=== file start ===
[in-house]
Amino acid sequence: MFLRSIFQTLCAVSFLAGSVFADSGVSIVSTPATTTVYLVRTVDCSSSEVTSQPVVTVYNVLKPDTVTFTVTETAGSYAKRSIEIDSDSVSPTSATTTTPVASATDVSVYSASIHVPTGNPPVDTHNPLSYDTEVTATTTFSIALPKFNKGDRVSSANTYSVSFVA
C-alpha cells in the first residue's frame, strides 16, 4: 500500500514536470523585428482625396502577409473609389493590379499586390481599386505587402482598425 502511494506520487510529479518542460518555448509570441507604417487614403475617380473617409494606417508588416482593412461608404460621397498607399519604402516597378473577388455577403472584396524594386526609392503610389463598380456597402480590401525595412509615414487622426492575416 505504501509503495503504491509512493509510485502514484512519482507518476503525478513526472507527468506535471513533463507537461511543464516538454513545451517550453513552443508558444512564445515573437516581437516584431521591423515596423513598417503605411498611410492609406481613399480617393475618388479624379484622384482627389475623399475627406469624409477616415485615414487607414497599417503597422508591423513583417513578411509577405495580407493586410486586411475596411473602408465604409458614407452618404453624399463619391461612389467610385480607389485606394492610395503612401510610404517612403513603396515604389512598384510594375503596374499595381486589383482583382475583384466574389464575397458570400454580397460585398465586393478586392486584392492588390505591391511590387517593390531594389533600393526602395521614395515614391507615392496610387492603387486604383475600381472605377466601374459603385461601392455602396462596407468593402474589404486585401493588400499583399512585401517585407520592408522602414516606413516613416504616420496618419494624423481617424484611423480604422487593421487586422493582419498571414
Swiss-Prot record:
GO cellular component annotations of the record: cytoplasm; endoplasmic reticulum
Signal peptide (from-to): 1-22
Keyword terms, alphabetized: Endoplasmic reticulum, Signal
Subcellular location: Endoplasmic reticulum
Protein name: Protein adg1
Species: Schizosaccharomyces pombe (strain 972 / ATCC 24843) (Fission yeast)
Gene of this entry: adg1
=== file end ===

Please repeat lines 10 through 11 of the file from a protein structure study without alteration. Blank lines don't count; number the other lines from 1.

Species: Schizosaccharomyces pombe (strain 972 / ATCC 24843) (Fission yeast)
Gene of this entry: adg1